In February 2017, basketball star Kyrie Irving claimed to believe that the earth is flat, not round. In July 2017, an article in Rolling Stone suggested that Irving's claim from earlier in the year was already influencing young minds (Raferty, 2017). Bill Nye ("the science guy") weighed in on the discussion, saying that it's heartbreaking when people even joke about such things (Sostok, 2017a). How could anyone be so skeptical of an established science fact? Does this disbelief in science reflect a problem with our education system? Isn't it the teacher's job to ensure that students know and believe the scientific understandings accumulated over generations? Perhaps not. Science deals with figuring things out, not simply knowing and believing theoretical models someone else has figured out for us. This idea is consistent with the Next Generation Science Standards (NGSS) goal of "K-12 science education should reflect the interconnected nature of science as it is practiced and experienced in the real world" (NGSS Lead States, 2013). Perhaps the science educator's first priority is to equip students with the intellectual tools and applied experience to understand how to figure things out scientifically. By engaging students in the practices of science to make sense of their observations (NRC, 2012, p. 26), we give them not only an understanding of how to figure things out, but a trust that our scientific models are based on observations and reasoning.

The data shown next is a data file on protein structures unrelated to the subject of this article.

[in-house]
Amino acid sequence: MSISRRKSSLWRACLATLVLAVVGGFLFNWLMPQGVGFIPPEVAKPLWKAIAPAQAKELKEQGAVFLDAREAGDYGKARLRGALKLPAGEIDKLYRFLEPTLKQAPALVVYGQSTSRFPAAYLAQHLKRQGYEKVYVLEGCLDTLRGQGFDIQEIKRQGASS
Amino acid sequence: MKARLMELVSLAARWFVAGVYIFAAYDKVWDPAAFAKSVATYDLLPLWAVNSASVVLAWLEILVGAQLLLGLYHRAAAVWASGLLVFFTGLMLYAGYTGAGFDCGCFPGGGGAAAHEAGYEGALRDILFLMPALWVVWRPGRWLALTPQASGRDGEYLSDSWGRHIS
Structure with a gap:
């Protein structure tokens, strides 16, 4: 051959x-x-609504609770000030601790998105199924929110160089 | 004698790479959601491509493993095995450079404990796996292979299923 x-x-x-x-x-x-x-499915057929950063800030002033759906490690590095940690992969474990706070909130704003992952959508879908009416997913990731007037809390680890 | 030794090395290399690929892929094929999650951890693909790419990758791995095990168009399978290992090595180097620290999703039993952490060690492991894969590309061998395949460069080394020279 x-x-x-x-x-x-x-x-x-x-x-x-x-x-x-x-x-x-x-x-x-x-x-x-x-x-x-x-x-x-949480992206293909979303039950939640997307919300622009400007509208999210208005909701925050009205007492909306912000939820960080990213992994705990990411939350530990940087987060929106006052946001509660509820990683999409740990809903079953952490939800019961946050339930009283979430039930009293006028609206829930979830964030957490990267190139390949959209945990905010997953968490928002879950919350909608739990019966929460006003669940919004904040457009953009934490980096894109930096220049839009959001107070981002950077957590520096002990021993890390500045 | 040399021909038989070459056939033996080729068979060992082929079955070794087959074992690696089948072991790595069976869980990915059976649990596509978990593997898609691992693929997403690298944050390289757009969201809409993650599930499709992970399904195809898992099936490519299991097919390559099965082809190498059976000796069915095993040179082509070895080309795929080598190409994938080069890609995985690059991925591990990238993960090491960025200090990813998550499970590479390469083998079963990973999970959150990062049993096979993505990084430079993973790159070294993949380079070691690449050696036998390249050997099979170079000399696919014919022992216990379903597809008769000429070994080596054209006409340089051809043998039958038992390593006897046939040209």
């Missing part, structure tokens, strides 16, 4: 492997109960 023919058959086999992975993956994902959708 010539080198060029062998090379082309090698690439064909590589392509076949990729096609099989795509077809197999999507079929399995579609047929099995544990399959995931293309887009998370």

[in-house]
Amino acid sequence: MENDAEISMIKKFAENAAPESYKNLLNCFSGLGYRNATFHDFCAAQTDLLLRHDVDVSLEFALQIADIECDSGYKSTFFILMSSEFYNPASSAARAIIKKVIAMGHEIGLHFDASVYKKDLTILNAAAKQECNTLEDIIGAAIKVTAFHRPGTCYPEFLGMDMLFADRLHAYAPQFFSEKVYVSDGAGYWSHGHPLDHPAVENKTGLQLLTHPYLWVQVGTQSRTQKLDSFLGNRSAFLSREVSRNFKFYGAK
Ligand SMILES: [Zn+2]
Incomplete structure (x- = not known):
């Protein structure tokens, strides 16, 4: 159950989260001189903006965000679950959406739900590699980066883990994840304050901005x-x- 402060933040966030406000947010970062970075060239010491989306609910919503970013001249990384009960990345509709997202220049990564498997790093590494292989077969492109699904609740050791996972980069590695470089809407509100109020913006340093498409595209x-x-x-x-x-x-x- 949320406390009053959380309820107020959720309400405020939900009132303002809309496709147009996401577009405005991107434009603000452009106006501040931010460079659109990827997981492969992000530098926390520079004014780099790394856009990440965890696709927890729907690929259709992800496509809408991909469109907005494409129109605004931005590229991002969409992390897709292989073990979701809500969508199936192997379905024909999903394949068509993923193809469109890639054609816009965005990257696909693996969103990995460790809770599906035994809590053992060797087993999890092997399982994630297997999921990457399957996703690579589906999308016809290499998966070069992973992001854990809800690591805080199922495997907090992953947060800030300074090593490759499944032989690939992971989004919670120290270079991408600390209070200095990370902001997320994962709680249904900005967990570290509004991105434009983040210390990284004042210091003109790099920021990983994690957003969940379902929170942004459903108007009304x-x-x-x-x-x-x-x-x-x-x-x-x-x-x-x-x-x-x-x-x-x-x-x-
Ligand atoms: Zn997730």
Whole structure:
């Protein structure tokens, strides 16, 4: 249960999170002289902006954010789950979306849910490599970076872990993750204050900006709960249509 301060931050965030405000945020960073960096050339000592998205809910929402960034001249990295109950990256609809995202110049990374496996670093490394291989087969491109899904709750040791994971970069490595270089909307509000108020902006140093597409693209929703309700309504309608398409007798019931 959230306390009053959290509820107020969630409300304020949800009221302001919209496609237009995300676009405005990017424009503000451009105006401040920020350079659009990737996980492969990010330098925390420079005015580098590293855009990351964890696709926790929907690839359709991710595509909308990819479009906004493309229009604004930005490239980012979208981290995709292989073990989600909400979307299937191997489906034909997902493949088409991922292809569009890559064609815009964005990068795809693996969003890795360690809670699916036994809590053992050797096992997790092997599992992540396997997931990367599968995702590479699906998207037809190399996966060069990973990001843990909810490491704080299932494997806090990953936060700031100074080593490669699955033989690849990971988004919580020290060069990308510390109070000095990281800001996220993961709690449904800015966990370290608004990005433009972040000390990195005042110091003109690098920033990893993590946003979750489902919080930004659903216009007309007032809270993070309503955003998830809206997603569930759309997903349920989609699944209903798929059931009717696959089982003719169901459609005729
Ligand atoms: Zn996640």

An Explanation for the Skepticism?